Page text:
- Powering Up: Energy explores energy forms, transformation and thermodynamics, including energy sources available on Earth and Mars, energy efficiency, and a Mission to Mars’ requirements for different functions (launch, propulsion, and robotic mission objectives).
- Controlling the Robot examines the principles of navigation, including latitude and longitude, the equation of time, localisation, map making, obstacle avoidance and pathfinding. MER rover navigation. A hand out sheet on robotic arm, sample collection and chemistry lab analysis. Wet chemistry analysis of unknown substances?
- Sensors explores the human visual system using optical illusions, and the role of robotic sensors, including spectral analysis. Students test their own stereovision, determine their dominant eyes, and create red/green anaglyphs.
- Site Selection – Students investigate potential Mars landing sites suitable for a robotic mission. They investigate and understand the different engineering and scientific objectives, and the need for teamwork and problem solving using the same case-making and voting process used by the scientists and engineers at NASA. This activity was developed in collaboration with Marion Anderson from the School of Geoscience at Monash University and reflects her experience of participating in the site selection for Spirit and Opportunity and the new Mars Science Laboratory, Curiosity.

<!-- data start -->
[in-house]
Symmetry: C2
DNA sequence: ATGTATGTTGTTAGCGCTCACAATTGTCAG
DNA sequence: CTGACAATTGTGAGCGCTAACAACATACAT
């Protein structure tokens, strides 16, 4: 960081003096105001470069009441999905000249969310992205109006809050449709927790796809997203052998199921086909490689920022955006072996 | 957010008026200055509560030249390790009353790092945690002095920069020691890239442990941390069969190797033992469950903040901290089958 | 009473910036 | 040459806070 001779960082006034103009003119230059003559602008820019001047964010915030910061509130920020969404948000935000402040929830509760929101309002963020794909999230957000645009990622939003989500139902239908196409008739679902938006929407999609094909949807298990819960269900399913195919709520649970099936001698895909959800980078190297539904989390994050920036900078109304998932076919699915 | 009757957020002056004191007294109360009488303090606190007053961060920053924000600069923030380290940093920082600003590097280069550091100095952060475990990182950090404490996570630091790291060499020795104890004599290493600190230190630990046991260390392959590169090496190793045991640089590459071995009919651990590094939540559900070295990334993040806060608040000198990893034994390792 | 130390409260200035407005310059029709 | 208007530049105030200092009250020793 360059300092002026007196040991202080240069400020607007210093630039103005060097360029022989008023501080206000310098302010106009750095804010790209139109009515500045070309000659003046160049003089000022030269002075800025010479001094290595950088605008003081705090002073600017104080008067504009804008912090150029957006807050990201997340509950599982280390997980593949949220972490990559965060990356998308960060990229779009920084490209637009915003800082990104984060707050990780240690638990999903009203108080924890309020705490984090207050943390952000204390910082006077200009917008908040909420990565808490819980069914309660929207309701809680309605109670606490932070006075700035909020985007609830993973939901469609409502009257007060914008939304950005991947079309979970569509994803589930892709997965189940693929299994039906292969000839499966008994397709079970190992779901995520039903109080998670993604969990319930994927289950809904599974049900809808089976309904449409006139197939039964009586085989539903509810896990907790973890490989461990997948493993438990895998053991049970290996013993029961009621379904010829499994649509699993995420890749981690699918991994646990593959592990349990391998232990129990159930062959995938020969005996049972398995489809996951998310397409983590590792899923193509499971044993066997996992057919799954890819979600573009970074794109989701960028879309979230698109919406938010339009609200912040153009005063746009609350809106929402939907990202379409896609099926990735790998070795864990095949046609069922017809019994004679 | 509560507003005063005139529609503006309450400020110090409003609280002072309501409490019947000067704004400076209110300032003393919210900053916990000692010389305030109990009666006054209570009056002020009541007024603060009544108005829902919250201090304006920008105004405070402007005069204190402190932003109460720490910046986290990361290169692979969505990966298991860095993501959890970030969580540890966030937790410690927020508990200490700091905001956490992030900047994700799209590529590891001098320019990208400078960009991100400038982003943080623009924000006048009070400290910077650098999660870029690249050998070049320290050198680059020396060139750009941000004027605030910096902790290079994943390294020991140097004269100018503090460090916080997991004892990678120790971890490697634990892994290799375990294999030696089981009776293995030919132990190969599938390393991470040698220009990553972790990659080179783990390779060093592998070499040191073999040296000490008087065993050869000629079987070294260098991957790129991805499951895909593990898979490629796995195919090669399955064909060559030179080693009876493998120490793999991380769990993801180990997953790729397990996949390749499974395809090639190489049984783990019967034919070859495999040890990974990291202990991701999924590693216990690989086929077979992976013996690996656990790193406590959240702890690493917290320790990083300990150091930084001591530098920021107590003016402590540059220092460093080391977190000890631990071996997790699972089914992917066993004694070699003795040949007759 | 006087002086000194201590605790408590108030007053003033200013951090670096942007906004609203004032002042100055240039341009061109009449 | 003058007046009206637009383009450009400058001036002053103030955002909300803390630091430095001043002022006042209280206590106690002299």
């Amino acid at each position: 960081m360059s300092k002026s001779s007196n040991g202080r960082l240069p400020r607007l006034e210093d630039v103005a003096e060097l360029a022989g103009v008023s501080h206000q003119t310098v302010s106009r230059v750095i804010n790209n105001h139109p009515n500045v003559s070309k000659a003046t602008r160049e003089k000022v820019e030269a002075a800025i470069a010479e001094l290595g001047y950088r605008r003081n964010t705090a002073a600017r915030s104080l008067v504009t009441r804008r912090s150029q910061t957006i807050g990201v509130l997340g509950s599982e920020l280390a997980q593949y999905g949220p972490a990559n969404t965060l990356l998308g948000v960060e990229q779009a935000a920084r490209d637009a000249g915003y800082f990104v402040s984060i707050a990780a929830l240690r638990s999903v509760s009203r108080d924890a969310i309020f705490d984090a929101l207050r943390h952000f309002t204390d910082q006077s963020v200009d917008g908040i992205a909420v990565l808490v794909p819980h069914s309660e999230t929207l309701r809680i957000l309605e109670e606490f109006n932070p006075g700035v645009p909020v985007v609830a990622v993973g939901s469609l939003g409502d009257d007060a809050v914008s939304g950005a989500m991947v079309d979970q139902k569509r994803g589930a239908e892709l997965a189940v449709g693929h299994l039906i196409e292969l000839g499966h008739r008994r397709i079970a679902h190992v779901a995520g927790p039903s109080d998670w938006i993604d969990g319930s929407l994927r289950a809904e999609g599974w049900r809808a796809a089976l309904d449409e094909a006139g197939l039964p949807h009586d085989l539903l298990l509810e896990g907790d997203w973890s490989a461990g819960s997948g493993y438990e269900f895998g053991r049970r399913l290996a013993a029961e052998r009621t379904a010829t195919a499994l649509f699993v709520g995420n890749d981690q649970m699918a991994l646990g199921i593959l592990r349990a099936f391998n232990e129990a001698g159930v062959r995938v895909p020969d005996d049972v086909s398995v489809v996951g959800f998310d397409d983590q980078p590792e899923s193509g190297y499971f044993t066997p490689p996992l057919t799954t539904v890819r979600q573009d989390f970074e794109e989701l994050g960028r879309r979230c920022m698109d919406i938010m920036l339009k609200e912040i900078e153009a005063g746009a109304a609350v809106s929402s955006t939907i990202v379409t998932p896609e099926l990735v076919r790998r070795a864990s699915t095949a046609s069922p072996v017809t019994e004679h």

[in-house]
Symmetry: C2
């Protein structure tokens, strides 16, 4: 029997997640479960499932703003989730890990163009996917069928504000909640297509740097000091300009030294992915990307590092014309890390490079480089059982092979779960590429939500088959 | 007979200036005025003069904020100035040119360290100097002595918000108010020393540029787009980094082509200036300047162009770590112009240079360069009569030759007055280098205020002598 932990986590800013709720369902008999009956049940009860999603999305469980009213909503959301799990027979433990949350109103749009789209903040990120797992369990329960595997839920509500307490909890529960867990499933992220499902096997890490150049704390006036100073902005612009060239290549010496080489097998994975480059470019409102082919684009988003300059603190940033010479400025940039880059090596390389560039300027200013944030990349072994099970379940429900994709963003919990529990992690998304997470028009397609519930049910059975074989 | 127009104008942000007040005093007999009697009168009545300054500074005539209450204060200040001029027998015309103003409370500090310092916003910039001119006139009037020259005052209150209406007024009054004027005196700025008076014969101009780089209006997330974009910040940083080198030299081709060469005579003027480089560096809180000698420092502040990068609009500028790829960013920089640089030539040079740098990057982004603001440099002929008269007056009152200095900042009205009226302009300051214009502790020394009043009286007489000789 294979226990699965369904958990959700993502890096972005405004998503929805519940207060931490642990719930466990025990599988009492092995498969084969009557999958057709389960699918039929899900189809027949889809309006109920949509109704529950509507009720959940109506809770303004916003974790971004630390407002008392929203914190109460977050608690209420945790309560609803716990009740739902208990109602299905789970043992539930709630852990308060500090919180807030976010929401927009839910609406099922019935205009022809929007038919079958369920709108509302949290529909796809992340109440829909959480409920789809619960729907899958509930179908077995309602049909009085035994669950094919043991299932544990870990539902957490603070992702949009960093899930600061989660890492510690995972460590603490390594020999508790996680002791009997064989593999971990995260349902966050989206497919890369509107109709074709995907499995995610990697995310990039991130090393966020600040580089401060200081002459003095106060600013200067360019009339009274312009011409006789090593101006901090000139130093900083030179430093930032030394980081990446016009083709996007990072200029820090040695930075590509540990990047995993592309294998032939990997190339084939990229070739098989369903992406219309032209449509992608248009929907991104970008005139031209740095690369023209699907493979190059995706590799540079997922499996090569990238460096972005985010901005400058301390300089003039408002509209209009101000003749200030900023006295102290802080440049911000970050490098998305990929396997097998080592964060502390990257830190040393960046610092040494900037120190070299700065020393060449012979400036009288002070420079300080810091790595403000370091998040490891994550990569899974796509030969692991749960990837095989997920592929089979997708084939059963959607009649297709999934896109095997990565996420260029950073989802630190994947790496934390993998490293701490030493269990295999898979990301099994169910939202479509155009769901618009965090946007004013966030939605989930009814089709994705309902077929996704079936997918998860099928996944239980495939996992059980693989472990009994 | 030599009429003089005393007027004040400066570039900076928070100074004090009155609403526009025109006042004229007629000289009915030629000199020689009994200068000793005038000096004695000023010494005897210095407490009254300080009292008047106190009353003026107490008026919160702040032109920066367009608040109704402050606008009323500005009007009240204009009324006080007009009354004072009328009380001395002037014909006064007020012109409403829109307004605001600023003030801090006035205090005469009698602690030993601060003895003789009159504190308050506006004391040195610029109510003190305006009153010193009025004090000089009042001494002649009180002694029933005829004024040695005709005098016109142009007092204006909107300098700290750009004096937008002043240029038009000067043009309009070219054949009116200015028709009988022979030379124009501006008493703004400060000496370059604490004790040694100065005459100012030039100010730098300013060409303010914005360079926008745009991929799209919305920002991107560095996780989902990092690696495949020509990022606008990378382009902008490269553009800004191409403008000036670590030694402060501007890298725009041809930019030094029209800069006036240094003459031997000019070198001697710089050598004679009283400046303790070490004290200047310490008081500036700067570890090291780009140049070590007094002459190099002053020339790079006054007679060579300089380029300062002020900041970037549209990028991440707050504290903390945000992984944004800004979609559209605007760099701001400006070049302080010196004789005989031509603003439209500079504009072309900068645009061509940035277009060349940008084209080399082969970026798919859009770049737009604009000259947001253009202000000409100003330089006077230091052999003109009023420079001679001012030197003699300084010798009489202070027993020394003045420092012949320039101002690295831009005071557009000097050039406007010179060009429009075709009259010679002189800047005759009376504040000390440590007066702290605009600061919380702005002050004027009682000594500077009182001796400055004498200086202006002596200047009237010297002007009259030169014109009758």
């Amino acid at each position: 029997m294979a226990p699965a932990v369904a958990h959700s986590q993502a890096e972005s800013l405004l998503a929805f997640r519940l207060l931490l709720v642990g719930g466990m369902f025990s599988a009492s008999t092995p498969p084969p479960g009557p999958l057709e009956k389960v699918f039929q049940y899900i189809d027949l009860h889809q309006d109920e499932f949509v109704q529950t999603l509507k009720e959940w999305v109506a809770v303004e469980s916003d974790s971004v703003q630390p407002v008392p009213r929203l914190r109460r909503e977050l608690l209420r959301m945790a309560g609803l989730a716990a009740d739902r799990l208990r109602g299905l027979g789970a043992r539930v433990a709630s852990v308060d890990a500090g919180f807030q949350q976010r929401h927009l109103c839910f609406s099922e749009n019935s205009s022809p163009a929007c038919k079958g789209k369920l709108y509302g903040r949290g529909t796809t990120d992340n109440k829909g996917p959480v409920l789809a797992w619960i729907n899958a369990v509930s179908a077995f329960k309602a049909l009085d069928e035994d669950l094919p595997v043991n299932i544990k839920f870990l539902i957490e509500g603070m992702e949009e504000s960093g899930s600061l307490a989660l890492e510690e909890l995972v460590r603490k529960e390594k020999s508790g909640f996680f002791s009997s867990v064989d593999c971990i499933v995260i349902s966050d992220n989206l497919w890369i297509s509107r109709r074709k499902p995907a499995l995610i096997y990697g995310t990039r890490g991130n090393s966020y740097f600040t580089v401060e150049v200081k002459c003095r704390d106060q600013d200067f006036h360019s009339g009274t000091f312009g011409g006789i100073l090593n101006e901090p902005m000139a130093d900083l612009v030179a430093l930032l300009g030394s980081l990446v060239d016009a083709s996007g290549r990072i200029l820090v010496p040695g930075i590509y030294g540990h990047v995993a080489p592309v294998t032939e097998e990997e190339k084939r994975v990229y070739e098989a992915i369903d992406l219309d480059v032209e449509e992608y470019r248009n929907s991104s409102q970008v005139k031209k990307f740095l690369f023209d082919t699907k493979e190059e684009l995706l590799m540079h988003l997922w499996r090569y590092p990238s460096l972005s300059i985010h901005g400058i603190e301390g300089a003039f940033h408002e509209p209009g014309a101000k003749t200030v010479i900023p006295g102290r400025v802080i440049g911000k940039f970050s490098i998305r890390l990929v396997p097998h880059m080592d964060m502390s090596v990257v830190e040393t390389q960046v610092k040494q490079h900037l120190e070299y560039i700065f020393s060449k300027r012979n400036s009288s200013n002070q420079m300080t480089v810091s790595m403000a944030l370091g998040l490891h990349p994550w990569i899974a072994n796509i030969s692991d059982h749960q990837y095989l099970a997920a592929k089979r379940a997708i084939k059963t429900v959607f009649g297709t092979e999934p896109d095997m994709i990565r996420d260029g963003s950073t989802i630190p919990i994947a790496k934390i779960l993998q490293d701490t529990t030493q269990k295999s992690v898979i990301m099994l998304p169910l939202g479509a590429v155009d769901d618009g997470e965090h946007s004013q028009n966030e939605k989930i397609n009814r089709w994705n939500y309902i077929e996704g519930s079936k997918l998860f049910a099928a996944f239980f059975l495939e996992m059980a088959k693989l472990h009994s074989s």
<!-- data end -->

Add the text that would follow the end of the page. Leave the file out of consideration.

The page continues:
Controlling the Rovers
Students are allocated mission 'roles' (e.g. Communications) and work as a team to control the rover over the internet. They see 'what the rover sees' through streaming video, as they drive it to their selected science targets. Extra challenges are thrown in along the way, that they have to decide together how to overcome.
They control the robotic arm to manoeuvre the sensor onto the target rock/etc; and then get simulated readings back which they can then analyse.
Students take on different roles in the mission team, each with their own control workstation - and work together to monitor and control the rover, its subsystems and science goals.